Body dysmorphic disorder (BDD) is an anxiety disorder related to body image.
It’s often referred to as “body dysmorphia” and causes someone to have obsessive concerns over their physical appearance, often regarding perceived flaws that other people wouldn’t notice.
It can lead sufferers to develop compulsive behaviours and routines, having a severe impact on their everyday lives and causing great emotional distress.
Read on for everything you need to know about BDD.
What is it?
BDD is a mental health condition that leaves sufferers with severe anxieties about their appearance.
People with BDD often spend a lot of time worrying about perceived physical flaws that are not be noticeable to others.
Every person’s experience of BDD is different and it can vary in severity from day-to-day, but most people will experience emotional issues as a result.
In some cases, the emotional toll BDD takes can lead to dangerous consequences, such as eating disorders, self-harm and suicidal thoughts.
It can also cause obsessive behaviours, such as picking at your skin or excessive use of mirrors - mental health charity Mind defines it as closely-related to obsessive-compulsive disorder (OCD).
BDD can affect anyone of any age, but is most common in teenagers and young adults.
What are the symptoms?
The symptoms will differ depending on the individual, but the NHS states some common ones.
These include worrying a lot about a specific part of the body and frequently comparing your appearance to those around you.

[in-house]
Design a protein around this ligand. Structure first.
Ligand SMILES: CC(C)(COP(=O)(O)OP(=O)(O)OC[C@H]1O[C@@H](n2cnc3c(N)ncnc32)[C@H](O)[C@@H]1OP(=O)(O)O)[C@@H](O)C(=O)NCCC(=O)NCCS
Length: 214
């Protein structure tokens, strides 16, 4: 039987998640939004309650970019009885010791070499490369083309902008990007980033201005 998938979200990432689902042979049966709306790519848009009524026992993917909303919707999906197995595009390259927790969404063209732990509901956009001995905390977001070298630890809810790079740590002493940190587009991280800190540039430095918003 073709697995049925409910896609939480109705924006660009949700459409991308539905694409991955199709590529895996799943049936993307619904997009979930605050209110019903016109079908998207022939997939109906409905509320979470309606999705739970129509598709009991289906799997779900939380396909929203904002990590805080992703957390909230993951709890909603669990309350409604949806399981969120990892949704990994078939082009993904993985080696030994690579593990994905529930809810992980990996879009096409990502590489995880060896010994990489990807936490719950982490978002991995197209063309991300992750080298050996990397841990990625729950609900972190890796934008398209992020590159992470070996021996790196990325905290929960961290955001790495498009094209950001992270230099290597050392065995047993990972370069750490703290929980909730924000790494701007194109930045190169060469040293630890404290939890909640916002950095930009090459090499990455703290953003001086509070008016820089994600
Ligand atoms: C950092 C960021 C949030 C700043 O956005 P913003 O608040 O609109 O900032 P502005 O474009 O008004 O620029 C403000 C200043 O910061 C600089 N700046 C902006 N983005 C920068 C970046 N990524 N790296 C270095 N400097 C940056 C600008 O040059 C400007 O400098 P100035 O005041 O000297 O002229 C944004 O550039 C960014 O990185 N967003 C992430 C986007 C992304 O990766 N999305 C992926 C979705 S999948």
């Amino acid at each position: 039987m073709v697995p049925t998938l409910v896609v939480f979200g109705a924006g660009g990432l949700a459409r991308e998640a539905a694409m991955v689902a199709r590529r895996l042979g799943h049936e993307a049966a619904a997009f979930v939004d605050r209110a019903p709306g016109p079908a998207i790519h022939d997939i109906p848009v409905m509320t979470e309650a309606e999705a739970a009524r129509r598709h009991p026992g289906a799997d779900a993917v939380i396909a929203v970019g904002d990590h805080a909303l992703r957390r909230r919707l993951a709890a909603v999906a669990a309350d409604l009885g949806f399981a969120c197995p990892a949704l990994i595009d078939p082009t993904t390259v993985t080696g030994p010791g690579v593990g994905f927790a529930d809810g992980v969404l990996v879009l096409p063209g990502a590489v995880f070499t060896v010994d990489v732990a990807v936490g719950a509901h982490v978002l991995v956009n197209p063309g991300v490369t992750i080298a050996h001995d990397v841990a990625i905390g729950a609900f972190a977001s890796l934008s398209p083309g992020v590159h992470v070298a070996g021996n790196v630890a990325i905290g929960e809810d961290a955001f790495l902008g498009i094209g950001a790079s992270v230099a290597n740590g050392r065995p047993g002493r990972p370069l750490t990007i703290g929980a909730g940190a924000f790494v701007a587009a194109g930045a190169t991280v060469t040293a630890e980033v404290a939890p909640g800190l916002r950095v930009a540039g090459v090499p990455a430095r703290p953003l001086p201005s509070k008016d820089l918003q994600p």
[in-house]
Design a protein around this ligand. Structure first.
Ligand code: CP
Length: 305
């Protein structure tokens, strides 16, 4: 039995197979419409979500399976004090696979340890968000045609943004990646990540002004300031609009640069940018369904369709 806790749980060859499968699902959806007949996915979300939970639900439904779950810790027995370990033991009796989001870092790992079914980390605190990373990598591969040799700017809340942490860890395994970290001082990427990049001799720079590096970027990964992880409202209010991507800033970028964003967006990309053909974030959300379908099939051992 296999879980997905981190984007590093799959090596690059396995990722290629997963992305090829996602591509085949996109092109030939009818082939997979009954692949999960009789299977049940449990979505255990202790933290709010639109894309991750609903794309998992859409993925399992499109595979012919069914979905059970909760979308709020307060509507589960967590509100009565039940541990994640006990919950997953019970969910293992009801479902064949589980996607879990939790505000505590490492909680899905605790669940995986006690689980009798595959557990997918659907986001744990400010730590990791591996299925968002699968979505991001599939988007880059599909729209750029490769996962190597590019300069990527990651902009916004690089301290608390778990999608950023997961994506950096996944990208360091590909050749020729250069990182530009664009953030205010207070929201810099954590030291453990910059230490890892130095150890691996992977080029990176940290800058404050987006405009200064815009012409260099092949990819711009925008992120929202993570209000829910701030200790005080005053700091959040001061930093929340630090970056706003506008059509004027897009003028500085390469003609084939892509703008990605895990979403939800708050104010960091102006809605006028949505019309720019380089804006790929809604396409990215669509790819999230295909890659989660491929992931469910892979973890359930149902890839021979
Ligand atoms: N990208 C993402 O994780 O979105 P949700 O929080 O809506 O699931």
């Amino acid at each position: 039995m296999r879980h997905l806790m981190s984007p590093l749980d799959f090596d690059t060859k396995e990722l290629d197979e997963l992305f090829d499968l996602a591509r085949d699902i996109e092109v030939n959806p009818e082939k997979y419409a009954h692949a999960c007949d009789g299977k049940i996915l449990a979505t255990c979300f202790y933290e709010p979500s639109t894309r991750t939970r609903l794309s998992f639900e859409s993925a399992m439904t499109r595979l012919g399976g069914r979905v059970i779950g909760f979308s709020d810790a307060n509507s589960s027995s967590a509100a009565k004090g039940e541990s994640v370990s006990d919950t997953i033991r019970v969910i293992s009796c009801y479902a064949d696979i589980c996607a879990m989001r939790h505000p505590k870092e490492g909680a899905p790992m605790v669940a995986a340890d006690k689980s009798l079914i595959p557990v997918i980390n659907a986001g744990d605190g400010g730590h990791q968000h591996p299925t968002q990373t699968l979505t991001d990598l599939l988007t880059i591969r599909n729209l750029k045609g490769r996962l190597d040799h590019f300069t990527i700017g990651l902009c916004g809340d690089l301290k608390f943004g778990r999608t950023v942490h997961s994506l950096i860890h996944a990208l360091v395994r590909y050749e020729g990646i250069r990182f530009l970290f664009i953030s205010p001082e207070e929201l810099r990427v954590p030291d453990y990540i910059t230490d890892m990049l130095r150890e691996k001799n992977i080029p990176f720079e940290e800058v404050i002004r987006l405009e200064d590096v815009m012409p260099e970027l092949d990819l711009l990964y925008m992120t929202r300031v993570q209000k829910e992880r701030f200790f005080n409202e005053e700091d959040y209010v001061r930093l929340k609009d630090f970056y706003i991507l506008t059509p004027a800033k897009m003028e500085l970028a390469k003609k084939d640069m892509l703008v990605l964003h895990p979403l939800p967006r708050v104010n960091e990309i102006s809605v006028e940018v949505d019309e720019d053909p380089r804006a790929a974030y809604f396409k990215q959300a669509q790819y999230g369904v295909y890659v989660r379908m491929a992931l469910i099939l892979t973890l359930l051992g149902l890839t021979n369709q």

Thoughts that might arise for someone with BDD is that their body is out of proportion or lacking in symmetry.
Someone with BDD may also go to great lengths to conceal parts of their body that they perceive as flaws, by wearing baggy clothing or applying heavy makeup.
Mind also lists excessive use of tanning products, frequent weighing and exercising obsessively as compulsive behaviours that may arise due to BDD.
What causes it?
Like with most mental health conditions, the exact cause of BDD is not known.
The NHS says it might be down to a chemical imbalance in the brain and that it could also be triggered by a traumatic event in the past. Or, you could be genetically predisposed to it if you have a relative with BDD or OCD.
BDD is often wrongly thought of as being caused by an eating disorder. While the symptoms can be similar, someone with an eating disorder may not necessarily have BDD and vice versa.
How can it be treated?
If you think you might have BDD, you’re strongly advised to seek help from your GP.
They may refer you to a specialist for a psychiatric assessment, where you might be prescribed cognitive behavioural therapy, a talking therapy which you can either have on your own or in groups.
You might also be offered a type of antidepressant medication called a selective serotonin reuptake inhibitor.
Register for free to continue reading
Registration is a free and easy way to support our truly independent journalism
By registering, you will also enjoy limited access to Premium articles, exclusive newsletters, commenting, and virtual events with our leading journalists
Already have an account? sign in
Join our new commenting forum
Join thought-provoking conversations, follow other Independent readers and see their replies